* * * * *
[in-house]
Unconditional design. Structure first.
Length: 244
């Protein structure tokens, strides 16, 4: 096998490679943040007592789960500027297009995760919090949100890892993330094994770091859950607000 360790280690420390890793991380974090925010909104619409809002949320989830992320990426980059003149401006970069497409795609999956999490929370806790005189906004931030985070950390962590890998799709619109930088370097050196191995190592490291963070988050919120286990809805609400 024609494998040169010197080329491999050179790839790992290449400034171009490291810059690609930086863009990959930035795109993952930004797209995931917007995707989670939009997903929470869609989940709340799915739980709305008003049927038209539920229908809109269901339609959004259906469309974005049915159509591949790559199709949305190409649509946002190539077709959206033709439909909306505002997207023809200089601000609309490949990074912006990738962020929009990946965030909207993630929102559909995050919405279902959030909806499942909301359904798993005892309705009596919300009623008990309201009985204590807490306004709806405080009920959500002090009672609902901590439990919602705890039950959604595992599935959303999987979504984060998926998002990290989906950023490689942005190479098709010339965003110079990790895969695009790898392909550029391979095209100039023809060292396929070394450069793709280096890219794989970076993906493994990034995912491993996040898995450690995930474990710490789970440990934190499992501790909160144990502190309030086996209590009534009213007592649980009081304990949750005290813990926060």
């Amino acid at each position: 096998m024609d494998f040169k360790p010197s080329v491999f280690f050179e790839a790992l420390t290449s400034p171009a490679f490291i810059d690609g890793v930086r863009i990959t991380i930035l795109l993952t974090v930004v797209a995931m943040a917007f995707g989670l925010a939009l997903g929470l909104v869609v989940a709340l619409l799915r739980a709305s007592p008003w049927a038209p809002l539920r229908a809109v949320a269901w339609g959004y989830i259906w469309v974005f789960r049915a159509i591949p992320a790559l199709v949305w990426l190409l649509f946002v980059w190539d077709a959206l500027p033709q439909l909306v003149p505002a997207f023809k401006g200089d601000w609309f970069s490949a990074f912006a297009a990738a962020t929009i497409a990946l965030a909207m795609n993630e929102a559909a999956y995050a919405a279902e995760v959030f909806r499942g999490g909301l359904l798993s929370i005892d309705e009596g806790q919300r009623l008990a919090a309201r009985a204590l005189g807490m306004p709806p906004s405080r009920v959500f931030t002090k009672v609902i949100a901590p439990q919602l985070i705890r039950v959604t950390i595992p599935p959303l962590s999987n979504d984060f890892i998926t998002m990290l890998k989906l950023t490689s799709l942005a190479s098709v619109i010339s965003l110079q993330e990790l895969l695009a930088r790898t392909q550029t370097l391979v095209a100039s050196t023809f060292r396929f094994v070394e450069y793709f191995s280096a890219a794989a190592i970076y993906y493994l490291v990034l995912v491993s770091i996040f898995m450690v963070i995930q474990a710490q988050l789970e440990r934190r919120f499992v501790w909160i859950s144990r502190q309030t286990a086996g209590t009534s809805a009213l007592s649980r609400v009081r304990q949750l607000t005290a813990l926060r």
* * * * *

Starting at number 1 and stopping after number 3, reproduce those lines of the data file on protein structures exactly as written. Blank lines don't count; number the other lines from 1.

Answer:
[in-house]
Unconditional design. Structure first.
Length: 244